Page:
Apps provide primer on splinting techniques, but could be improved
This month’s Ortho Apps column, we review two apps that help clinicians place properly formed splints. Orthopedic trainees, emergency staff, ancillary office staff and anyone learning the fine art of splinting will likely find them useful as a primer. While helpful in their current state, they have the potential to be improved. Like splints themselves, these apps are not definitive treatment, but a good start.
Splinting has been a mainstay in orthopedic treatment for centuries. Prior to the advent of internal fixation, splints and casts were some of the reliable means of maintaining fracture reduction. As internal fixation techniques have proliferated, many would contend that the splinting and casting techniques of the average clinician have suffered a commensurate decline. These techniques are no less important today, however, because they often remain the first line of treatment for orthopedic trauma and can have a measurable effect on subsequent definitive care.
Although often learned in a one–on-one environment, splinting is a skill whose acquisition can be aided significantly by visual media. While it is possible to find YouTube videos for different splinting techniques, the advantage of these splinting apps is obvious – time saved in the search for multiple techniques, videos and supportive documentation.
iSplint (free on iTunes) is an app developed by physicians in the Department of Emergency Medicine at George Washington University. It is a simple app that guides the user through the steps of placing seven common upper and lower extremity splints: thumb spica, triple S, radial gutter, dorsal hand, sugar tong upper extremity, posterior ankle and sugar tong lower extremity. Touching the “iSplint” icon on the bottom left of the app takes the user to a menu with the seven listed splint techniques.
Choosing one of the splint types takes the user to a simple menu with choices of “video clip” and “discussion.” The videos run in the 5-minute to 10-minute range, have clear audio and good visual quality, and serve as a solid teaching guide. The instructor does a nice job of taking you through splint placement in each of the videos. The discussion sections gave a link to a brief outline of proper indications, application technique and pictures of the splint technique.
eSplint ($0.99 on iTunes) is another splinting app brought to us by Charles Perkins, “an emergency room nurse.” The app includes a few more splints than iSplint, however, each app covers a few splints specific to the other. There is one menu in this app making it intuitive. Just touch the splint type that you are looking for and the app will take you to an illustrated step-by-step approach to placing the splint. At the end of each description is a short video. The videos in this app are about 90 seconds, which works well for the clinician on the go. They do not contain narration, so some context is lacking. However, when combined with the text descriptions, the videos do a nice job of providing a comprehensive review of each technique. A nice aspect of the app is that it has a section on general splinting technique.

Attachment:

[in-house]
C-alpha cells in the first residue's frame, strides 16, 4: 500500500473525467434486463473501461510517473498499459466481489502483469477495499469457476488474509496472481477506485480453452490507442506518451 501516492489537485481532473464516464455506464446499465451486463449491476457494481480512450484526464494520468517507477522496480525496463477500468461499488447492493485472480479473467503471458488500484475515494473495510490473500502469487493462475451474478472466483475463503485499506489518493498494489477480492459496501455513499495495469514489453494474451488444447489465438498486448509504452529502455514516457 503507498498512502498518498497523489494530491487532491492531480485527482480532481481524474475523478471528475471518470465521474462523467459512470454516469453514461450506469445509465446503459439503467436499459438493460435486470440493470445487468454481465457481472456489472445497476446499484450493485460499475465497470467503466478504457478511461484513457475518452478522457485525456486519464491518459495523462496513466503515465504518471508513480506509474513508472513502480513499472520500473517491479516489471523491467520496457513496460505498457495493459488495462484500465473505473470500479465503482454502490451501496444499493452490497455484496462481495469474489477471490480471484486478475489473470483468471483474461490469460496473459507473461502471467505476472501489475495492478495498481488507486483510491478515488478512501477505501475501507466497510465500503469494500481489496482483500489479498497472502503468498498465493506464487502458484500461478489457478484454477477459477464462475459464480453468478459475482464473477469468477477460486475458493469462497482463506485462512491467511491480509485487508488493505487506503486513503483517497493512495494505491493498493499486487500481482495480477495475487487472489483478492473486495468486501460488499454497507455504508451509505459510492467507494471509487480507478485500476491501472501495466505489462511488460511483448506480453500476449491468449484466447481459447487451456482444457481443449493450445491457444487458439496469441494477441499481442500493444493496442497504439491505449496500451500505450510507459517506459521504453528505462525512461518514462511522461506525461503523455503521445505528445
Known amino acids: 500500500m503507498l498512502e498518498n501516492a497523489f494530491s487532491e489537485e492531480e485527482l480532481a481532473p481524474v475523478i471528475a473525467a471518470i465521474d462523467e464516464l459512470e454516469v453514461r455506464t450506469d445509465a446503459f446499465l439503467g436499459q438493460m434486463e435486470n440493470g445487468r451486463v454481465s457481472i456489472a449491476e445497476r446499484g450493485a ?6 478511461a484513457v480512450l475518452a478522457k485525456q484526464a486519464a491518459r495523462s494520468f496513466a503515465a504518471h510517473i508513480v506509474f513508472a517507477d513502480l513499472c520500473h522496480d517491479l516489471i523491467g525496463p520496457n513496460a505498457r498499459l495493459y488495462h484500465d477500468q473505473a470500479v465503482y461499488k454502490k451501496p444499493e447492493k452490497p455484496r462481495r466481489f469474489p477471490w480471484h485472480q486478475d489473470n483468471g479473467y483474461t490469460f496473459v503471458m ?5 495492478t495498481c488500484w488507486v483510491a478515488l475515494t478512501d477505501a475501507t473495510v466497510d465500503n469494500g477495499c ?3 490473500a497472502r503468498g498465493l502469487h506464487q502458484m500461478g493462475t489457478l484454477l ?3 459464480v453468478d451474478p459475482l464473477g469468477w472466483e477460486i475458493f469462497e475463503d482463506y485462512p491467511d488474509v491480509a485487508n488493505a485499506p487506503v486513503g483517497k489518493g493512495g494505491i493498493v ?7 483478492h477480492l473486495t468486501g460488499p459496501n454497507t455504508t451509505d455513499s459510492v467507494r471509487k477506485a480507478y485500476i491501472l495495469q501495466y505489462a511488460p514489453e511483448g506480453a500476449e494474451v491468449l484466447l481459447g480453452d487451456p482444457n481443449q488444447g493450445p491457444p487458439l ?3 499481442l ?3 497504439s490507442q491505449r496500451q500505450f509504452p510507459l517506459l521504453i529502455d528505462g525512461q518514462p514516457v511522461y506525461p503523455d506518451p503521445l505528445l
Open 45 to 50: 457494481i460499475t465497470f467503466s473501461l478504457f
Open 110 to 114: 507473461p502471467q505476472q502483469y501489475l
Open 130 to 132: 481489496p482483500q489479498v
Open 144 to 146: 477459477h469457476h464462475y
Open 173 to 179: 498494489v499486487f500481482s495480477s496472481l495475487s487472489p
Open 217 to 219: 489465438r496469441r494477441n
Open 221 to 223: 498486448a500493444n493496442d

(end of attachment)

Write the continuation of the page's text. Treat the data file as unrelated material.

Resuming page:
Both apps are good general introductions to most splinting techniques but appear to be focused on emergency room treatment and can be improved for the orthopedic provider. The apps demonstrate splinting techniques with premade fiberglass splints. Although these are widely used, many orthopedic surgeons still prefer plaster and a discussion of merits of plaster vs. fiberglass would be enlightening. Additionally, the emphasis in both apps was on the fiberglass placement. Other issues that deserve mention in proper splinting include the importance of padding and proper molding to hold a reduction.
The eSplint app mentions in the splint technique section that one to two layers of padding should be used. Certainly there are times when more padding may be justified, and neither app demonstrates the application of bulky cotton commonly used for lower extremity fractures. Most orthopedic providers would agree that padding techniques may be one of the more underappreciated, but critical aspects, of splinting.
Additionally, some more points about the difference between placing a splint on an injured patient vs. a model patient should be made. For instance in the eSplint app, the coaptation splint was placed on a woman with her arm 90° abducted. Unless sedated, this is usually not possible. Future editions might show strategies for working under some of these limitations, including the use of assistants, finger traps, prone positioning or “edge-of-bed” techniques.
Overall, these apps give a good overview of multiple basic splinting techniques. At their low cost, they are worth recommending to beginners and ancillary staff tasked with performing the important task of splinting. However, to better appeal to orthopedic providers, we would like to see them include a focus on soft tissue padding, use of plaster, reduction molding and casting.
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Matthew DiPaola, MD, is an assistant professor and shoulder and elbow specialist in the Department of Orthopedics at Wright State University in Dayton, Ohio. He is a writer for iMedical Apps and co-founder of Touch Consult, a developer of team-based medical software to improve signout. He can be reached at firstname.lastname@example.org.
Orrin I. Franko, MD, is a PGY4 orthopedic resident at UC San Diego. He has an interest in promoting mobile technology within orthopedic surgery and founded the website www.TopOrthoApps.com to help surgeons and trainees find the most relevant orthopedic apps for their mobile devices. He can be reached at email@example.com.